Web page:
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Quaestiones de Potentia Dei. Quaestiones de Malo - THOMAS AQUINAS, Saint - 1480. [1272841]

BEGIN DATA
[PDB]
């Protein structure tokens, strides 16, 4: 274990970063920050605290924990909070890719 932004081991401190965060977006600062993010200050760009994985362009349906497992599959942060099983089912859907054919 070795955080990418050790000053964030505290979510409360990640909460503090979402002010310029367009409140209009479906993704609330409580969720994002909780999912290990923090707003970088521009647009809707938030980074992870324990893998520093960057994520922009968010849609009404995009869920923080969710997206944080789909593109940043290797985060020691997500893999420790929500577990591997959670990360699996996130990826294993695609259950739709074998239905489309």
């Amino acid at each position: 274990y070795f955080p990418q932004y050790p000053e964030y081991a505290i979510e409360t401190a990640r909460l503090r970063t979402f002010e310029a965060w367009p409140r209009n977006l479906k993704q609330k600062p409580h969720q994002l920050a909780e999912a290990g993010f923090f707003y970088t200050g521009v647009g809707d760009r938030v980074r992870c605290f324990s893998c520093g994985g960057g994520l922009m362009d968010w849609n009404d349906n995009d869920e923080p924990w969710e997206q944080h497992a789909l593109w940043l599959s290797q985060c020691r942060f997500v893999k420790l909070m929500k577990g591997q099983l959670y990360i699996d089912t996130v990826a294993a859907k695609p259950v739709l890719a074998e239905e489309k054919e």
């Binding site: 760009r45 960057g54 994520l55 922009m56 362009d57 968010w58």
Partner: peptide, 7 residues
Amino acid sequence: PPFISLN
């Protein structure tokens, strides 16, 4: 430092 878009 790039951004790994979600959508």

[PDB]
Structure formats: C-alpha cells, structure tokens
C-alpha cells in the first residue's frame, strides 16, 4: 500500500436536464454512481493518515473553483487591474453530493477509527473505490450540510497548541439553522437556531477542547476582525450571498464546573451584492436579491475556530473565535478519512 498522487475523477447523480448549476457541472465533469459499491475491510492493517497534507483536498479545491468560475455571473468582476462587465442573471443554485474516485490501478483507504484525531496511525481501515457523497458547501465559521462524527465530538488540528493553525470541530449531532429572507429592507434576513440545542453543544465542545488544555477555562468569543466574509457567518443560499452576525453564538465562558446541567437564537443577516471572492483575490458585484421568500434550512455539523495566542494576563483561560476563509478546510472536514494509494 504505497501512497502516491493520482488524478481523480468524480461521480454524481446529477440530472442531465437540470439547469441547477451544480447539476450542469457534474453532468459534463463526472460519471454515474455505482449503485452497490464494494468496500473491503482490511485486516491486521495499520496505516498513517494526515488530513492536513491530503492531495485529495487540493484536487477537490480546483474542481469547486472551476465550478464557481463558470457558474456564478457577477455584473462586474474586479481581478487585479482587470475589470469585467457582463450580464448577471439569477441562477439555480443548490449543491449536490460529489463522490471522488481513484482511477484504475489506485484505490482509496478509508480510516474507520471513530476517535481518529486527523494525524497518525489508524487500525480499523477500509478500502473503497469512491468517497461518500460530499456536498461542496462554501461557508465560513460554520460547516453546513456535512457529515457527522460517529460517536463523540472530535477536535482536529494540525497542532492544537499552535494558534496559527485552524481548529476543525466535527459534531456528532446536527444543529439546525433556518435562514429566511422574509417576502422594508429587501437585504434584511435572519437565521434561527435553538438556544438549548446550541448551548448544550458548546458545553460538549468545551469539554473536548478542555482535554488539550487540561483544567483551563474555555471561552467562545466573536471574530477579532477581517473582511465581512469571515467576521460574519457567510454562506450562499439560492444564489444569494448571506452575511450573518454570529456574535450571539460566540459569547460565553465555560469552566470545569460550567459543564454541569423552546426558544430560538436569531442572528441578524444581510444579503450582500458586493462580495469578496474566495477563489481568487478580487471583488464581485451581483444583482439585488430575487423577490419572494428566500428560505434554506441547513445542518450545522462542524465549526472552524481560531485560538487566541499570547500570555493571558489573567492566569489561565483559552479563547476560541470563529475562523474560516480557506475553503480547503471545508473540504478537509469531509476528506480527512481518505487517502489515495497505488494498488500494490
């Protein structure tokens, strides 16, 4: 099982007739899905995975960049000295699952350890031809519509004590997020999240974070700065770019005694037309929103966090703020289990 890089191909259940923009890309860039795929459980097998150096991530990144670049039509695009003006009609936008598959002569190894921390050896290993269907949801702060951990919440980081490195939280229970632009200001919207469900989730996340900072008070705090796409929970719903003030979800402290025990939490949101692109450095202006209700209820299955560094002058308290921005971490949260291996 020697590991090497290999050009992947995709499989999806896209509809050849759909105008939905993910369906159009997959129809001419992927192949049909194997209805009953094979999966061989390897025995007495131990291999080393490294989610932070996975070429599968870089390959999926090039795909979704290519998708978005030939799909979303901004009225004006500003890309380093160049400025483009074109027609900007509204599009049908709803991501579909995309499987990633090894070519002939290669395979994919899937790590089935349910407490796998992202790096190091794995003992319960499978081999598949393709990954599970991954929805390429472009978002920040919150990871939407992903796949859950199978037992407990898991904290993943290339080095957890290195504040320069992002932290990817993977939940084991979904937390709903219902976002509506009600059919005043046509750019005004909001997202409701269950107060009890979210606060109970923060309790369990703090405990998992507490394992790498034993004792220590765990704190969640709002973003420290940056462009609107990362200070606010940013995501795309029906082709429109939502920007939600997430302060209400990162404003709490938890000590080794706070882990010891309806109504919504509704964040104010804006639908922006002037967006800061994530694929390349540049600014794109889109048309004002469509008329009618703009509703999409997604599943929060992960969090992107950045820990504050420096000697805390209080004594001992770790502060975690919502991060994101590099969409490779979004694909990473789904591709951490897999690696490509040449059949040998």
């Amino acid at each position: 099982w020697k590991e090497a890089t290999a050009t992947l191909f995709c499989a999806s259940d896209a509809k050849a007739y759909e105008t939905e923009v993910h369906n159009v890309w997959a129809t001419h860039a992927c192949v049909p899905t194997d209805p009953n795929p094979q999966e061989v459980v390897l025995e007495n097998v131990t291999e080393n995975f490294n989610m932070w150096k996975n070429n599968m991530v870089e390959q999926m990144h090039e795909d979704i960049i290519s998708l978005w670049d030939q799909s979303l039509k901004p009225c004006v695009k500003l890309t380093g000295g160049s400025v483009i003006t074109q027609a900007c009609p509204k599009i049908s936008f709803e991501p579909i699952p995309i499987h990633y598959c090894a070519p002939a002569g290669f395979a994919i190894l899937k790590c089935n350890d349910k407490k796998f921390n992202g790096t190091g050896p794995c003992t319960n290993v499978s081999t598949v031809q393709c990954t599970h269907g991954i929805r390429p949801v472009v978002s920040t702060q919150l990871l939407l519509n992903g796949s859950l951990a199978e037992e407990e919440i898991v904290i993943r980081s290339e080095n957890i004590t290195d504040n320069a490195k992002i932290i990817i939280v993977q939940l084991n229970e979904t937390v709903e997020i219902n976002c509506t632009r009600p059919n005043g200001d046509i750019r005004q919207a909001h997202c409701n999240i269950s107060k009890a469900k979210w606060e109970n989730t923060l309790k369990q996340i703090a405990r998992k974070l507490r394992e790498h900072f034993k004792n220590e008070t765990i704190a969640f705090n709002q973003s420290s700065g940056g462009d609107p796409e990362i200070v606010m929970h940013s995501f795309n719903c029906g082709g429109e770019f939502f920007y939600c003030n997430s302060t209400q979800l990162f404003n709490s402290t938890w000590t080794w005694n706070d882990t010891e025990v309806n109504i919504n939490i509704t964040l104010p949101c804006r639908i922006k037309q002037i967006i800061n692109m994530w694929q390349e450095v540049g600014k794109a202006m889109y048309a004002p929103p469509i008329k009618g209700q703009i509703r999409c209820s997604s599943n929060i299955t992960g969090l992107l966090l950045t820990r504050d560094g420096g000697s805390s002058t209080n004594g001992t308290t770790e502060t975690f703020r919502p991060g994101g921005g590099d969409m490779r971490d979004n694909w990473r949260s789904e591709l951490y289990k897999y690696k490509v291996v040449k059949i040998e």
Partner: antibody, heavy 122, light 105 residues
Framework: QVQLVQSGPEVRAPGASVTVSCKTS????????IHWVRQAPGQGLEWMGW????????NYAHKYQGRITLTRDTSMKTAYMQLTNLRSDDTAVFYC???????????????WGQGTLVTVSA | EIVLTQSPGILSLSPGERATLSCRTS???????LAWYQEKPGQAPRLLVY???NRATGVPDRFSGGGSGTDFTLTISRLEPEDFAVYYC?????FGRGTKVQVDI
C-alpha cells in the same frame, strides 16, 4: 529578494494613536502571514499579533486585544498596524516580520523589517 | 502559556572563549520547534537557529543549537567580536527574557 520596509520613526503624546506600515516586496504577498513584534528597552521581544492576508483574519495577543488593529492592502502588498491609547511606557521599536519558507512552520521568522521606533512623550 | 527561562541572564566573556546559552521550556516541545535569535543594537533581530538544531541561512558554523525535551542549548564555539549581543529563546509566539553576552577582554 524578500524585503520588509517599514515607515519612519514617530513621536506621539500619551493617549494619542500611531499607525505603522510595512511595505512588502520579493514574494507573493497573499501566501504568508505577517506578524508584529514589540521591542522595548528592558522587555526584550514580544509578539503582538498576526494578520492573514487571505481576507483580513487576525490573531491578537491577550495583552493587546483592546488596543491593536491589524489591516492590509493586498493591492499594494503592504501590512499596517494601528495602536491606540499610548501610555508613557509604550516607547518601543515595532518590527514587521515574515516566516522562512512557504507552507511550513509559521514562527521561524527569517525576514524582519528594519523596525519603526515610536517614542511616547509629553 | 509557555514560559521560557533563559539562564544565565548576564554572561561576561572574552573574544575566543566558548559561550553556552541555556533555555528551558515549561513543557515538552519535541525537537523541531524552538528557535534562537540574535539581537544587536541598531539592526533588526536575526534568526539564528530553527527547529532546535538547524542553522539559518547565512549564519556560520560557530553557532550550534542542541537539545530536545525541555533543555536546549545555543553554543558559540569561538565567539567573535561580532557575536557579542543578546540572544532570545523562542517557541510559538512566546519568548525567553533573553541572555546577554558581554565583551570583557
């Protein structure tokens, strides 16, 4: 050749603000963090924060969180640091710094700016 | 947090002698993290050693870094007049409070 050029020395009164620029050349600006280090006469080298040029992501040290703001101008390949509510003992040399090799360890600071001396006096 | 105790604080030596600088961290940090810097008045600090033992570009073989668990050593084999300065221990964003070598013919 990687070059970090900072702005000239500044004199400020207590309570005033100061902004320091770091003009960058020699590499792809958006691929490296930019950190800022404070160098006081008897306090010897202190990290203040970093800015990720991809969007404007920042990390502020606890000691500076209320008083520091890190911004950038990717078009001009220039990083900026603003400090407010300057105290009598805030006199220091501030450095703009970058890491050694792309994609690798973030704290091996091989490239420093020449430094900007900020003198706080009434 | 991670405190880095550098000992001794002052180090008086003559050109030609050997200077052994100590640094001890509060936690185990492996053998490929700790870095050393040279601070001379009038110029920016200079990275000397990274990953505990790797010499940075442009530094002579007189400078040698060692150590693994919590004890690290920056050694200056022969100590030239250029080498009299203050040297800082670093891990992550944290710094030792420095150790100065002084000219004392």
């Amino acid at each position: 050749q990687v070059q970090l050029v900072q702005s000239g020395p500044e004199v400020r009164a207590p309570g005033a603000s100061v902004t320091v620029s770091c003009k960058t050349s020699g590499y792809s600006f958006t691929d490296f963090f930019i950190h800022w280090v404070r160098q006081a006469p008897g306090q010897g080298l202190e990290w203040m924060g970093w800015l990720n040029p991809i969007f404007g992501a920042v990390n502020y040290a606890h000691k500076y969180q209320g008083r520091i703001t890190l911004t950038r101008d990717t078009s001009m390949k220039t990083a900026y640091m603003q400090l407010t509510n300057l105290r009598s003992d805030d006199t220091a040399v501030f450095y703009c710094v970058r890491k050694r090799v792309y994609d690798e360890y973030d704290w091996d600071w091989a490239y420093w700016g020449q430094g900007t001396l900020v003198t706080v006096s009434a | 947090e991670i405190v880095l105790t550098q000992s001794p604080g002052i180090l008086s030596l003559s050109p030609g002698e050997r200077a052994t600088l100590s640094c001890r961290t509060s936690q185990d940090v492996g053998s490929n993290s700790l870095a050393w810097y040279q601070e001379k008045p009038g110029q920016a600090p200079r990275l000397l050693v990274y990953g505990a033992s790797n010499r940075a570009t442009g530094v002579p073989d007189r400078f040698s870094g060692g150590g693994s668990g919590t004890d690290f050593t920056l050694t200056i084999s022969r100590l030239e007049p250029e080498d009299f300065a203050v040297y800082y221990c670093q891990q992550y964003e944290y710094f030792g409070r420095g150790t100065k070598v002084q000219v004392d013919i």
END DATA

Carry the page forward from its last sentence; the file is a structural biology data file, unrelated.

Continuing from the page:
Manuscript on vellum, attributed to Venceslaus Crispus as copyist and Matteo Felice as illuminator. Italy, Naples, 30 December 1480. 378 x 260 mm., 2 paper leaves, 378 vellum leaves, one paper leaf, collation: I-V8, VI6, VII10, VIII-XLVII8, XLVIII2 (complete); vertical catchwords. Justification 243 x 160 mm., two vertical and 46 horizontal rules in pale brown ink, written in dark brown ink in a regular and very elegant rotunda, a round semi-humanistic script, by Venceslaus Crispus. Running titles and headings in red, colophon (fol. 376r) in red, paragraph marks alternately blue and red, opening words of each Quaestio in burnished gold capitals. Illumination: two opening leaves (fols. 1 and 177) illuminated each with a large thirteen-line initial extending into a full-length bar border with knots and leaves sprouting in the margins into elaborate sprays of leaves and flowers in blue, purple, and green, with burnished gold bezants on penwork stems and tendrils, the lower margin of the first leaf with the royal arms of the Kings of Aragon and Naples emblazoned in a wreath supported by two winged putti and surmounted by a crown; 179 very fine illuminated initials, seven to eight lines high, containing highly finished designs of variously colored flowers and leaves with delicate white penwork on burnished gold grounds, some with short extenders. Very occasional tiny chips to initials. Overall condition: vertical creases in ff. 2, 8, 26, 50 and 375, old crease mark to fol. 1, partial crease in fol. 38; fol. 1 slightly soiled and with small area of damp-stain at top near hinge affecting the uppermost portion of the illuminated border, chipping to the large initial on that page; some fading or rubbing to ink of the creased leaves and a few faded areas in fewer than 10 other pages; a few wormholes in first 10 leaves, one or two marginal wormholes in last few leaves; small stain to 84v; apart from these minor flaws in very fine, pristine condition. Bound in early 19th-century diced Russia leather over wooden boards, sides with blind roll-tooled borders, spine with olive morocco lettering-piece, edges gilt and gauffred at an earlier date. Worn, joints split; in a modern morocco-backed folding case. A magnificent royal manuscript of exquisite quality in material, calligraphy, and illumination, containing two key philosophical treatises of Thomas Aquinas, the most important Christian philosopher of the Middle Ages. Written for Ferdinand I of Aragon, King of Naples, one of the great art patrons and bibliophiles of the Italian Renaissance, as part of an extraordinary project to assemble a complete set with definitive text of the works of St. Thomas for the royal library of Naples, the manuscript is of well-documented provenance: it has passed through the libraries of three kings, three cardinals, a prince and an earl. PROVENANCE:1. Dated in colophon (30 December 1480, fol. 376v). Written and illuminated for Ferdinand I of Aragon, King of Naples (1456-85), with his royal arms on first leaf. 2. By descent to his son, Federico of Aragon (d. 1504), King of Naples (1496-1501), when he was forced to yield his kingdom to Louis XII of France. 3. Georges d'Amboise (1460-1510), Cardinal, Archbishop of Rouen, prime minister of the Kings of France, bibliophile and patron of the arts; this manuscript described in the inventory of his Château de Gaillon in 1508, his library bequeathed to subsequent archbishops of Rouen. Destrez-Chenu 1953 list 22 manuscripts, and later two more were found but not listed in the inventory, making a total of 24.4. Cardinal Charles II de Bourbon-Vendôme (1550-90) and Cardinal Charles III de Bourbon-Vendôme (1562-94). The latter left part of the archiepiscopal library to the Jesuits of the Collège de Clermont, and the other part to his nephew, the king of France (cf. Delisle, pp. 259-60, and Guigard I, pp. 243-44).5. Henri IV, King of France (1589-1610), who took possession of the entire library, and transferred it to the Cabinet du Roi. Part of the Cabinet was housed in the then-abandoned Collège de Clermont; in 1604 the Jesuits reclaimed this building, which had originally been theirs, as well as their share of the books, including this manuscript.6. The Jesuit Collège de Clermont in Paris, with their 17th-century ownership inscription on fol. 1r, "Collegii Paris. societatis Jesu," and, in the inner margin, the later note "Paraphé au désir de l'arrest du 5 juillet 1763 / Mesnil"; the latter referring to the closing of the college following suppression of the order. The books were sold in Paris in 1764: Catalogus manuscriptorum codicorum collegii Claramontani, no. 539, purchased by:7. Gerard Meerman (1722-71), author of Origines typographicae, who bought a large portion of the Clermont manuscripts (but was forced to present a certain number of them to the royal library of Louis XV in order to obtain permission to export the remainder; his son Jean Meerman (1753-1815), for whom the book was rebound, their joint sale, part IV, 2 July 1824, lot 480.8. Bertram, Fourth Earl of Ashburnham (1797-1878), no. 88 in his Catalogue of the Manuscripts at Ashburnham Place, Appendix, [1861]. 9. Henry Yates Thompson (1839-1928), who bought the manuscripts of the Ashburnham Appendix en bloc in 1897, then sold a selection of them, including this one, under the Ashburnham name, at Sotheby's, 1 May 1899, lot 39, to Emich.10. Tammaro De Marinis (1878-1969), his sale, Hoepli, 30 November 1925, lot 355, illustrated. 11. An unidentified owner; apparently at this time two engraved bookplates were affixed to the front pastedown: that of the Prince de Soragna (1773-1865), and a large 18th-century engraved armorial bookplate.12. An anonymous consignor, Sotheby's London, 23 June 1998, lot 59 (according to the Sotheby's description the manuscript was "sold probably before the last War to a private collection in Lugano, whence it was bought directly by the [unnamed] present owner in the 1980s," sold to: H. P. Kraus (Cat. 220/251).CONTENTS:Part I:fols. 1r -174v: Incipit: De potentia questio prima, Questio est utrum in deo sit potentia…, ending on fol. 174v: Expliciunt quaestiones sancti Thome de potentia dei.fols. 174v-176r: Table of chapters fol. 176v: blank Part IIfols. 177r-376r: Incipit Questio prima de malo. Incipiunt questiones de malo sancti Thome de aquino ordinis predicatorum… ending on fol. 376r explicit Sicut patet in arreptitiis, and colophon: Questiones de malo beati Thome de Aquino ordinis predicatorum Expliciunt feliciter Anno a Jhesu Christi millesimo quadringentesimo et octagesimo die xxx° Decembrisfols. 376v-378r: Table of chaptersfol. 378v: blank Although Thomas Aquinas (ca. 1225-74) earned his reputation teaching at the University of Paris, he was from a southern Italian family with close ties to Naples, the city where he studied before joining the still young Dominican Order in 1244. Two years before his death he founded a theology school in Naples. Called "Doctor Angelicus," Aquinas was the first theologian of the medieval period to adapt Aristotelianism to Christianity. The two treatises in the present volume, De Potentia (fol. 1) and De Malo (fol. 177) are written in the form of quaestiones or debating topics for classroom discussion. They treat a set of fundamental and interrelated philosophical, moral and theological questions centered around God's omnipotence, and the existence of evil, with wider implications for the philosophy of science. Both texts are among the rarest of the major works of Aquinas. The census of Aquinas manuscripts (Dondaine and Shooner 1967-85) so far only covers libraries from A to P, but among thousands of Aquinas manuscripts listed there it apparently records only 34 copies of the De Malo, including fragments, and even fewer of the De Potentia. Thirteen of these are in public libraries in France, seven in Italy, and five in England; there is only a single manuscript of either text in all of North America, an imperfect copy of the De Malo on paper (De Ricci, Census, p. 878, no. 75). The present manuscript was evidently part of an extraordinary program in the royal library of Naples to assemble a complete set of the works of Thomas Aquinas, whom they regarded as Neapolitan. More than that, the Aragonese library seems to have deliberately set out to create a single definitive text of his works, perhaps as exemplars. The manuscript at hand, though unsigned, is securely attributable to the hand of the prolific royal scribe Venceslaus Crispus. He was born in Bohemia and belongs to the period when the royal court of Naples was attracting scribes and scholars from all across Europe. At least sixteen manuscripts of the Aragonese set of Aquinas were copied between 1484 and 1493 by Venceslaus Crispus. The effort and time he expended in writing these vast books is astonishing. The present book alone has more than 16,000 lines of text in a beautiful, elegant, rounded semi-humanistic hand, "almost flawless in its perfection" (De Hamel, Sotheby's, 23 June 1998, lot 59). De Hamel noting further that "30 December in 1480 fell on a Saturday; evidently the scribe was working against time, perhaps to complete the vast project in time for the king's New Year celebration."ILLUMINATION: The 179 illuminated initials and border illustrations are securely attributed to the artist Matteo Felice (fl. 1467-93), who worked for the royal library in Naples. "The slender putti and the handsome foliated initials…are closely related to those of other manuscripts illuminated by Matteo in Naples around 1480 (cf. De Marinis 1952-1957, I, pp. 157-58, pls. 37, 40-43 and 45, and Alexander 1994, no. 12, p. 68). We know for certain that he collaborated with Venceslaus Crispus between 1489 and 1493 in the production of four other manuscripts of Aquinas, for payments to him are recorded in the royal accounts (cf. De Marinis 1952-1957, II, docs. 763, 847 and 876, and IV, pls. 236-38). The present book must have been one of the earliest on which they collaborated. The style of the illumination adopts Paduan and Ferrarese motifs. The full-length illuminated border recalls the elegant and delicate decoration of the margins in the Breviaries and Missals produced in Ferrara for the dukes of Este and Gonzaga. Matteo Felice was "one of the finest interpreters of these new decorative influences in Naples" (De Hamel, loc. cit.). Of the 24 recorded manuscripts from the Aquinas project, twenty codices are now known to survive, another indication of the extreme value attached to these books throughout the ages (15 of which are published on the database: Europea Regia). The series include - along with the present codex: 's-Heerenberg, Castle Huis Bergh, ms. 14, Grenoble, BM, ms. 344, Louviers, Bibliotheque de la Ville, mss. 5, 7, 8; Naples, Biblioteca Nazionale, ms. VII B 4, Paris, BN ms. lat. 495, 674, and 6525, Smith-Lesouef ms. lat. 14; Valencia, Bibl. Univ., mss. 47, 53, 380, 395, 764, 840, 847, 1377, 1718, 2296 and 2301; Vatican, Rossiano ms. 292; and one other manuscript in private hands (sold at Drouot, 19 May 1976, lot 48). The interesting chain of provenance of this manuscript, which left Italy for France so soon after its production, is owed largely to the bibliophilic zeal of the Cardinal d'Amboise. Historians have been able to study his collecting activities in detail thanks to the survival of the account books for the construction of his chateau, the extravagant Château de Gaillon, near Rouen, published by Deville 1850, containing the names of nearly 70 artists and artisans, and of two inventories of the chateau's contents in 1508. This manuscript was one of 38 manuscripts from the Royal Library of Naples that were purchased by d'Amboise.LITERATURE:L. Delisle, Le Cabinet des Manuscrits de la Bibliotheque Imperiale (1868), I, 228, 245 .Jean Destrez and Marie-Dominique Chenu, "Une collection manuscrite des oeuvres complètes de S. Thomas d'Aquin par le roi Aragonais de Naples 1480-1493," In: Archivum Fratrum Praedicatorum, 23 (1953), pp. 309-326.G. Mazzatinti, La biblioteca dei re d'Aragona in Napoli (1897), p. 183, no. 617 (see online: http://archive.org/details/labibliotecadei00mazzgoog).Tammaro De Marinis, La Biblioteca Napoletana dei Re d'Aragona (1952-1957), II: 160.J.J.G. Alexander, The Painted Page: Italian Renaissance Book Illumination, 1450-1550 (1994), p. 68.Christopher de Hamel, Sotheby's 1998, lot 59.On Aquinas manuscripts: H. F. Dondaine and H. V. Shooner, Codices Manuscripti Operum Thomae de Aquino, I-III (1967-85).For a recently discovered companion volume, see: Anne S. Korteweg, Catalogue of medieval manuscripts and incunabula at Huis Bergh Castle in 's-Heerenberg, 's-Heerenberg 2013, no. 27 (ms. 14, inv. no. 266): Thomas Aquinas, Quaestiones de Duodecim Quodlibeta (without attribution to scribe or illuminator).On Cardinal d'Amboise: L. Deville, Comptes de dépenses de la construction du Château de Gaillon, Paris 1850.On Wenceslaus Crispus:http://www.diamm.ac.uk/jsp/Descriptions?op=SOURCE&sourceKey=1190http://gallica.bnf.fr/ark:/12148/btv1b8446957x.